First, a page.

"I intimidate my adversaries," Indurain said, without hesitation. "I know my abilities and am not afraid of my opponents. People have said I do not ride with panache. But I ride to win. The Tour is about winning. Why waste unneeded energy?"
A former support rider for 1988 Tour winner Pedro Delgado, Indurain knows nothing but hard work.
He is devoutly Catholic and returns each year from major races, such as the Tour de France and Tour of Italy, and spends hours praying in thanks in the church in a nearby village. This year, he will return to a country in an Olympic frenzy, but still will be welcomed as a national hero. He has had a fan club of more than 500 from Spain following him since the Alpine stages last week.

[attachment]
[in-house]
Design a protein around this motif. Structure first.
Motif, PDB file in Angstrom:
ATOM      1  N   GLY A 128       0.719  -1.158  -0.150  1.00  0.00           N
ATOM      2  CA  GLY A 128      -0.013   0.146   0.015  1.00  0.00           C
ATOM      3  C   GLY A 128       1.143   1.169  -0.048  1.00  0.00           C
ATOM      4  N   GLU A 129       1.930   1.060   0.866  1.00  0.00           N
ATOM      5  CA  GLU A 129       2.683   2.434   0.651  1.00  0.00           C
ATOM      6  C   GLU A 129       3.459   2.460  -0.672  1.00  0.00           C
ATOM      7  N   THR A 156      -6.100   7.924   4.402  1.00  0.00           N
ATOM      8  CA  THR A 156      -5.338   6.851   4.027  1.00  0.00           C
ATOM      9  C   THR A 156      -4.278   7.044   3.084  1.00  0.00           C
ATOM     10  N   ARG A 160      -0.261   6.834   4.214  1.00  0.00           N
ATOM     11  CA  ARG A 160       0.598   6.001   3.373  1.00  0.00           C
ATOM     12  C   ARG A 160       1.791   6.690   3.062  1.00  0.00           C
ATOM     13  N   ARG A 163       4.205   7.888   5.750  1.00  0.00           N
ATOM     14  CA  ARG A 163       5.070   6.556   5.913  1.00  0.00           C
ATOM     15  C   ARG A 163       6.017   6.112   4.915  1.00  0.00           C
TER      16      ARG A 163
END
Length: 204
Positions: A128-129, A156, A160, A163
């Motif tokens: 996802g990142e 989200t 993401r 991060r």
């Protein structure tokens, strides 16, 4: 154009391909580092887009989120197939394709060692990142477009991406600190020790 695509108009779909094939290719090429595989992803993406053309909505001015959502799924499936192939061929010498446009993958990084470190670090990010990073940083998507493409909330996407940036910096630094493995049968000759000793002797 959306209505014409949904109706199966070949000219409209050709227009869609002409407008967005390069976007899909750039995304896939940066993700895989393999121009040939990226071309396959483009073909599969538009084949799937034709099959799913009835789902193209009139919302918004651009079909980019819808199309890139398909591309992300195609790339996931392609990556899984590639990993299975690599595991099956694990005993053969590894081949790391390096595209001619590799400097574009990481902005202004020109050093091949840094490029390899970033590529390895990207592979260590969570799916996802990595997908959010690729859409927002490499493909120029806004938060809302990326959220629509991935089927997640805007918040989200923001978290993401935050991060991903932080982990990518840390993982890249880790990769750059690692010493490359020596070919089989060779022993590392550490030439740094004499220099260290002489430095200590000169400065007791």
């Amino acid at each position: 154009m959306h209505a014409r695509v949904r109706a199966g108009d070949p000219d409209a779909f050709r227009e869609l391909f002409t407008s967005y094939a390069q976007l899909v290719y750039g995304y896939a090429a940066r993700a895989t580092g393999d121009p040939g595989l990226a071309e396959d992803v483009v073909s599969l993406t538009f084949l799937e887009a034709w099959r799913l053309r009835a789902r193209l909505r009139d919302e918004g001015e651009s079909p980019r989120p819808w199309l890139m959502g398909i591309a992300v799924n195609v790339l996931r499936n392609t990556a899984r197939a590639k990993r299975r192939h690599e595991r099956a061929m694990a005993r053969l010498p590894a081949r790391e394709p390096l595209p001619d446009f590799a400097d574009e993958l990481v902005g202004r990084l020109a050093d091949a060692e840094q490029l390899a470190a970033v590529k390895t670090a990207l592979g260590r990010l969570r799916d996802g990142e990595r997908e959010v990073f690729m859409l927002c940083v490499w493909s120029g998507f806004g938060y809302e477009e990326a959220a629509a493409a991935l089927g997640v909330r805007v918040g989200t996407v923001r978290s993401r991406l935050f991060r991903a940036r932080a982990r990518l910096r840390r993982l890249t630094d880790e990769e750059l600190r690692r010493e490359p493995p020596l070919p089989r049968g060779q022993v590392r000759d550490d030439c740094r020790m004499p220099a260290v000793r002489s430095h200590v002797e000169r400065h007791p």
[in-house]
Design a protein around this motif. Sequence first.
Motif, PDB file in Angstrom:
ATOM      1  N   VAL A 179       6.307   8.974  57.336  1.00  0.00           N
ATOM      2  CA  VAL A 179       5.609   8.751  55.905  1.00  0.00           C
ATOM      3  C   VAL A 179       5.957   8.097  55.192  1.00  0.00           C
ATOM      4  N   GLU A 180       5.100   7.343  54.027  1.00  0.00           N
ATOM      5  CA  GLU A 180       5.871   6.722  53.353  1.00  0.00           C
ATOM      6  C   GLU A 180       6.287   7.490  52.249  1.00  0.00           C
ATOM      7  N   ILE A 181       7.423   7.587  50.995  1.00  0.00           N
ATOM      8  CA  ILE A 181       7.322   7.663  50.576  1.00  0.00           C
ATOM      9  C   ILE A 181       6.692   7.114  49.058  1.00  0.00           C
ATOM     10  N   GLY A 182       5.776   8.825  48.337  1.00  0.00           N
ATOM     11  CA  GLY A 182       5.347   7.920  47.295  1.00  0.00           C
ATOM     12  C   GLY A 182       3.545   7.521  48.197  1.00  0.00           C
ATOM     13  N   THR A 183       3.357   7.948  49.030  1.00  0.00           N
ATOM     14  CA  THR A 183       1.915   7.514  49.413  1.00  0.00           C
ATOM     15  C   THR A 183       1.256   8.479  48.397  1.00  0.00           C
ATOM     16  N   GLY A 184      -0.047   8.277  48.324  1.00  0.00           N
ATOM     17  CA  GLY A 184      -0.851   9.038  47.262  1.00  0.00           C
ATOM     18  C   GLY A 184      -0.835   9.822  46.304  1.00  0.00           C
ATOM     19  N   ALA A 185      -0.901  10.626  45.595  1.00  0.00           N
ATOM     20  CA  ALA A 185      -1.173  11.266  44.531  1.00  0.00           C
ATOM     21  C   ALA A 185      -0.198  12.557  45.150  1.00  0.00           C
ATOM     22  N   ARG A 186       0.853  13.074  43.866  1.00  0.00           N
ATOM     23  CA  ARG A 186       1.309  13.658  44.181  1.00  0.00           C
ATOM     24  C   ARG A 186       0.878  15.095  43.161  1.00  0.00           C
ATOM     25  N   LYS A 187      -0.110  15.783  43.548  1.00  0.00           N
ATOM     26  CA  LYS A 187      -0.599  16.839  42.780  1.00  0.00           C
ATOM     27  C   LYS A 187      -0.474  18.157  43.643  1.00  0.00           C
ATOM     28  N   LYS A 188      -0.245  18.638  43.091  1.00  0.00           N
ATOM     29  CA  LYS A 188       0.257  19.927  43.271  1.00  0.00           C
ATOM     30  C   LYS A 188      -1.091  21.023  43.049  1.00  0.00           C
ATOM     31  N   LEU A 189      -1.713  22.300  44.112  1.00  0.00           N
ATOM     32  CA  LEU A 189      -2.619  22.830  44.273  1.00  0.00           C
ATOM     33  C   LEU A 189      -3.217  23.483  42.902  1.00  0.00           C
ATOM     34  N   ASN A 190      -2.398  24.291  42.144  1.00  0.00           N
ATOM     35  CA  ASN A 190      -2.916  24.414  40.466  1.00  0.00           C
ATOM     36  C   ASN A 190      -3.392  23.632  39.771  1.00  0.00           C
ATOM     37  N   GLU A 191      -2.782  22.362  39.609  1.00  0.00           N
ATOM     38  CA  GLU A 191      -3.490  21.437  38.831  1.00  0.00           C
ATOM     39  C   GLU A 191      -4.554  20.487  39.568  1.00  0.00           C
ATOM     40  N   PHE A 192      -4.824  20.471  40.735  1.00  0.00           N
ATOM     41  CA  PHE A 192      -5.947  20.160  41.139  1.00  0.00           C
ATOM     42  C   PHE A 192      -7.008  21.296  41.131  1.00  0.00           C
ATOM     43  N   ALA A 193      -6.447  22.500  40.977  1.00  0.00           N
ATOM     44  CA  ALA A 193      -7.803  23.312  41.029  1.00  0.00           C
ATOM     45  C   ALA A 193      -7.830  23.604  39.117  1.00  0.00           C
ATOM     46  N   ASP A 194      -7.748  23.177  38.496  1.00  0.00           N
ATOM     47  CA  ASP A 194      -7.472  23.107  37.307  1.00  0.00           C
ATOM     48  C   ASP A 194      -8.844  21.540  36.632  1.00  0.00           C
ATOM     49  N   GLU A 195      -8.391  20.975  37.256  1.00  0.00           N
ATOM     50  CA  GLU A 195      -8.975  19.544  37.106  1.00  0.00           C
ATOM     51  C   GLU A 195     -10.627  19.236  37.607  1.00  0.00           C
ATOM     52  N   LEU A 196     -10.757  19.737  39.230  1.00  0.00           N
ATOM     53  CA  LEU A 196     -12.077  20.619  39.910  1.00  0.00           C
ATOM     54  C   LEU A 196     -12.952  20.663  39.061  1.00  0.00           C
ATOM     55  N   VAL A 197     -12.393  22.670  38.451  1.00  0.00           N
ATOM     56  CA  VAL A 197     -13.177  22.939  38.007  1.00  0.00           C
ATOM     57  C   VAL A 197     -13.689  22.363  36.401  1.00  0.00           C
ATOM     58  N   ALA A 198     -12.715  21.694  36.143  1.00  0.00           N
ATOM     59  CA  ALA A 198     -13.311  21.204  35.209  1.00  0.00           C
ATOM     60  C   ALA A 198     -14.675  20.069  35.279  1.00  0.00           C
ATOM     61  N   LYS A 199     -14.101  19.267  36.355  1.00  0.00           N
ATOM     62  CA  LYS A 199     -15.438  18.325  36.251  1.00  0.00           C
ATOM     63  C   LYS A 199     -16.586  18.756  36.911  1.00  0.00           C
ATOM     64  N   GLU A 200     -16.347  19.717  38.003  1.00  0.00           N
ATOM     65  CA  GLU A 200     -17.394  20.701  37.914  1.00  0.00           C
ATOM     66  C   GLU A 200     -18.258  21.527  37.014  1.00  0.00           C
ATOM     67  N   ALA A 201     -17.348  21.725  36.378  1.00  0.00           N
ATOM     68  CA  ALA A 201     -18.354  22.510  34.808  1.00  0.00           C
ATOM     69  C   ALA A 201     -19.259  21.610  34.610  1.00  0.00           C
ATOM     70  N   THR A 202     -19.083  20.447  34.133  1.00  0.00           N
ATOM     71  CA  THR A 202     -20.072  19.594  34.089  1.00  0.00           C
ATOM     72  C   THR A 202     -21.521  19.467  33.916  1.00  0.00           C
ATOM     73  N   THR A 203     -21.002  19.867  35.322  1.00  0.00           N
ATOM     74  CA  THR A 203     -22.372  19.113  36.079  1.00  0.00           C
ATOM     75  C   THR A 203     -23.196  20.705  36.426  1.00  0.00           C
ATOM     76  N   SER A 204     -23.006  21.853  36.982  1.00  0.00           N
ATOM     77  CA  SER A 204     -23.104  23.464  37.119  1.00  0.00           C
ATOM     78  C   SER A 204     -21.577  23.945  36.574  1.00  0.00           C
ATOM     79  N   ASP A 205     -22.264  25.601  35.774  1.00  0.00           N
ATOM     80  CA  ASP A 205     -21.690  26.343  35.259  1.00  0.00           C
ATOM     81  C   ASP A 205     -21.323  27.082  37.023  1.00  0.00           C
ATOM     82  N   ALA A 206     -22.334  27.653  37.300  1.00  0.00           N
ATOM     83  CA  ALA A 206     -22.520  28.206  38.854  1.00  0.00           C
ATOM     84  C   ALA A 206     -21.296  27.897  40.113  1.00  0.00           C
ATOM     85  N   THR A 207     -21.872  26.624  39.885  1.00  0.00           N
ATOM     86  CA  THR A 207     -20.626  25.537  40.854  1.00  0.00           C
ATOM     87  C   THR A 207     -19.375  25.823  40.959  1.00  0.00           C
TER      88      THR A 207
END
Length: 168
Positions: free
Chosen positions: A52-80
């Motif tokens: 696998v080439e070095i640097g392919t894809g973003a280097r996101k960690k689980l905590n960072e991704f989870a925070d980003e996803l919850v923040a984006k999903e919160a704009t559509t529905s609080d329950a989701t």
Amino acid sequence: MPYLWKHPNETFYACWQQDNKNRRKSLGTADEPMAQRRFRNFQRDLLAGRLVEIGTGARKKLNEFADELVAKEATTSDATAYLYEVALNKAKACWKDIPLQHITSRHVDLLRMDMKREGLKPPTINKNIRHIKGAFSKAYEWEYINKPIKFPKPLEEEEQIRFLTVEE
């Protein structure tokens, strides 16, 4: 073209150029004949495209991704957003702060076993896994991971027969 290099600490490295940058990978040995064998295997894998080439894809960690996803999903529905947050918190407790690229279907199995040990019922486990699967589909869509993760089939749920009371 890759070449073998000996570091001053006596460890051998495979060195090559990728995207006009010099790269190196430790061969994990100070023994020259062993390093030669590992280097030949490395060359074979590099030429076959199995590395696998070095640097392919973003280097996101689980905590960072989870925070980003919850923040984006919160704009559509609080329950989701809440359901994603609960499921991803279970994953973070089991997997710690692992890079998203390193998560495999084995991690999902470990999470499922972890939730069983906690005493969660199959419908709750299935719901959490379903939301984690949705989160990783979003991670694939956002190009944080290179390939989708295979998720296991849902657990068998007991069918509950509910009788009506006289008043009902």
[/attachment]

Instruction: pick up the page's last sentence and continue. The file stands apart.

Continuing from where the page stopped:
According to Sergi Lopez Erea of a Barcelona newspaper, Mundo Deportivo, he will be an honored guest next week in Barcelona and has been front-page news since July 13.
This year seems to be one of the least spectacular finishes of a race many said was finished after the Luxembourg time trial July 13, mainly because of Indurain's superiority.
At Luxembourg, Indurain beat his closest competitor by three minutes and was more than four ahead of LeMond and Gianni Bugno, two riders who have consistently beaten Indurain in the past in time trials.
It demoralized the remaining riders, enough for the likes of Bugno and LeMond to make concessions early. "I don't see how he did that," LeMond said. "I can't see how he took four minutes out of me and Bugno. That's almost superhuman."
Bugno said Friday: "Maybe he is from another planet."